The argument for democratic reform in the Middle East seems harder to make today, despite the evidence for it being clearer, than it was when the Arab Spring sprung, argues Tom Malinowski, Assistant Secretary in the State Department’s Bureau of Democracy, Human Rights, and Labor.
The violent turmoil in the region may have disabused any idealistic expectations or aspirations of Arab democratization, he told a forum at the Washington Institute for Near East Policy.
“But if you need to be convinced by the argument of cold, hard national interest, just look at what has come to us from the places where reform was resisted,” Malinowski said.
“Would we be seeing such a sudden rise of nationalism and populism in Western democracies if not for the sudden emergence of ISIL and the sudden flight of millions of refugees from Syria?,” he asked, adding that “these two calamities, in turn, are the product of a breakdown in governance in two Middle Eastern countries.”
Of course, the United States can’t bring democracy to Egypt, stop the war in Syria or heal a religious rift in the Muslim world that goes back a thousand years, observed Malinowski (right), formerly Washington director for Human Rights Watch.
“But all this proves is that if you make impossible dreams your goal you are going to wake up disillusioned; you will lurch from fervor to fatalism and never achieve the modest but worthwhile gains that are at least within your grasp,” he told the meeting, convened by the institute’s Fikra Forum.
His conclusion concurred with the consensus among participants at the forum – ‘Beyond Autocrats and Islamists: The Future of Arab Reform’ – which was cautiously realistic in stressing the need for long-term perspectives and investments in the basic building blocks of democracy and civil society.
Arab civil society activists and Washington-based analysts highlighted the potentially “creative tensions” between interests and values in U.S. policy-making, between incremental and idealistic approaches to political change, between primal identity politics and citizenship, and between democratization and economic development.
Democracy may be better advanced in the region through bodies or mechanisms like the National Endowment for Democracy or the Millennium Challenge Corporation that are “one –step removed” from government agencies like DRL or the Middle East Partnership Initiative, a participant suggested. But others felt that such a development would give some in the government an apparatus an excuse to downgrade political reform as a foreign policy objective. Furthermore, there will be certain conjunctures when it is necessary to invoke USG leverage and power in order to advance democratic objectives.
On a more pessimistic note……
With some minor exceptions (notably Tunisia) there are not even buds of sustainable change in the region towards pluralism and democracy, argues Dan Schueftan, the Director of at the University of Haifa’s National Security Studies Center. If and when they emerge, assuming they will survive, it will take decades to bear meaningful fruits and generations for new structures to become institutionalized, he writes in The West in the Middle East, a paper for the German Federal Academy for Security Policy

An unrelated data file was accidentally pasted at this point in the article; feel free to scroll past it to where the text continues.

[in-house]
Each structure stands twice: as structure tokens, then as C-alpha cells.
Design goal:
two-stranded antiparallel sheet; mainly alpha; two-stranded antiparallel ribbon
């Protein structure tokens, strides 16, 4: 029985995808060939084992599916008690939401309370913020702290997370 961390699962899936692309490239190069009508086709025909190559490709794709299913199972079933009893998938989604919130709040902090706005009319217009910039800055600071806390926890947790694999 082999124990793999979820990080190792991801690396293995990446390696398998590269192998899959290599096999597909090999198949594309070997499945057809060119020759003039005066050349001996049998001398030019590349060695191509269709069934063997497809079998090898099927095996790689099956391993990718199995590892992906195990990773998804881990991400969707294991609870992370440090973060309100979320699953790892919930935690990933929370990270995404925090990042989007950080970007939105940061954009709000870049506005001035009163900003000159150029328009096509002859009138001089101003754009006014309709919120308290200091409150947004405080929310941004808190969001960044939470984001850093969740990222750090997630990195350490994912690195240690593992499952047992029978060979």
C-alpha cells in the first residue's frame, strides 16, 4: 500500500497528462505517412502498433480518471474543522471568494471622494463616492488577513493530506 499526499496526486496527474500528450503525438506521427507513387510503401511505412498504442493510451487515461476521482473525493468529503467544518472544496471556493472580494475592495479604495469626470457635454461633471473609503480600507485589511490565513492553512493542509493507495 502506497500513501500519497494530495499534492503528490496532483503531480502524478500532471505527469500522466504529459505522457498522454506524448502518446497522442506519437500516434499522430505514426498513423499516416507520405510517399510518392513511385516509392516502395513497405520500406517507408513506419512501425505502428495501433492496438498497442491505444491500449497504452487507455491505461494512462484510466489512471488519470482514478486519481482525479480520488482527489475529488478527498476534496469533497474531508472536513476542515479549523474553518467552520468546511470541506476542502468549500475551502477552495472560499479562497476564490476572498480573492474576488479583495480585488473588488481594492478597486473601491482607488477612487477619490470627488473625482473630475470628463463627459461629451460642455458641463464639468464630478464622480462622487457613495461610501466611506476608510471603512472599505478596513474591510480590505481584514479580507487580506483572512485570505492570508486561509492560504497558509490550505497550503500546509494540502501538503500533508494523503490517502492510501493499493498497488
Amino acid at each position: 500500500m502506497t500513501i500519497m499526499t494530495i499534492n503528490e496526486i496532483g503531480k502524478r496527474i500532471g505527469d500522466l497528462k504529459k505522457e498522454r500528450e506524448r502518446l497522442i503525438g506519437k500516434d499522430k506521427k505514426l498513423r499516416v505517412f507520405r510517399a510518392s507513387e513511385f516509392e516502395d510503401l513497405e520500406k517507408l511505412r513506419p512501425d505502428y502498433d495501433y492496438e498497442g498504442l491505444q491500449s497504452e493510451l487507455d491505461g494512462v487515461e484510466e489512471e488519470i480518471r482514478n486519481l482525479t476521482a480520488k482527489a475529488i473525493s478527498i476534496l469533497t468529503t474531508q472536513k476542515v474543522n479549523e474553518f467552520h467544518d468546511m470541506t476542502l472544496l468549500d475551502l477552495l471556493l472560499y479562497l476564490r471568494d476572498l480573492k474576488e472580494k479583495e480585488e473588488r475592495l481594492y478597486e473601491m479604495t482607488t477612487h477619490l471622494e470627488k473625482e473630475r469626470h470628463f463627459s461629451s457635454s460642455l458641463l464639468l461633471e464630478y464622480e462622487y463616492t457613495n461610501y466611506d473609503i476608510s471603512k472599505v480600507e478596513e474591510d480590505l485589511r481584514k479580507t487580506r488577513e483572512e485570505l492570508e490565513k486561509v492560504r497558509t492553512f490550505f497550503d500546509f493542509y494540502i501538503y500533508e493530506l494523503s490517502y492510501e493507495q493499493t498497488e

The West’s blunders in the region have this in common: a profound inability and/or unwillingness to fully recognize three regional realities that are unpalatable to Westerns, he contends:
The first is that the real choice in the Middle East is not between dysfunctional, often repulsive, authoritarian regimes on the one hand, and a sustainable process of democratization on the other. It is rather between some version of the former and a host of much worse catastrophic outcomes.
The second is that radicalism is real. Radicals usually are not just wronged people who turned to violence having been frustrated from getting their rights by legitimate means. When they say they want to kill their enemies and obliterate their peoples and states, they mean it. …They may seek for their people what they call “a good life,” but this does not even remotely resemble the Western concept. It involves domination and revenge. It addresses their psychological, often psychopathological needs, rather than just economic, political or security interests.
The third is that conflicts in the Middle East are tribal, with very deep historical and psychological roots, firmly embedded in fundamental issues of identity….
“The West can help a great deal provided it learns from past mistakes, sets modest and realistic objectives and abandons romantic illusions of saving the world,” he concludes. “The best is the worst enemy of the good.”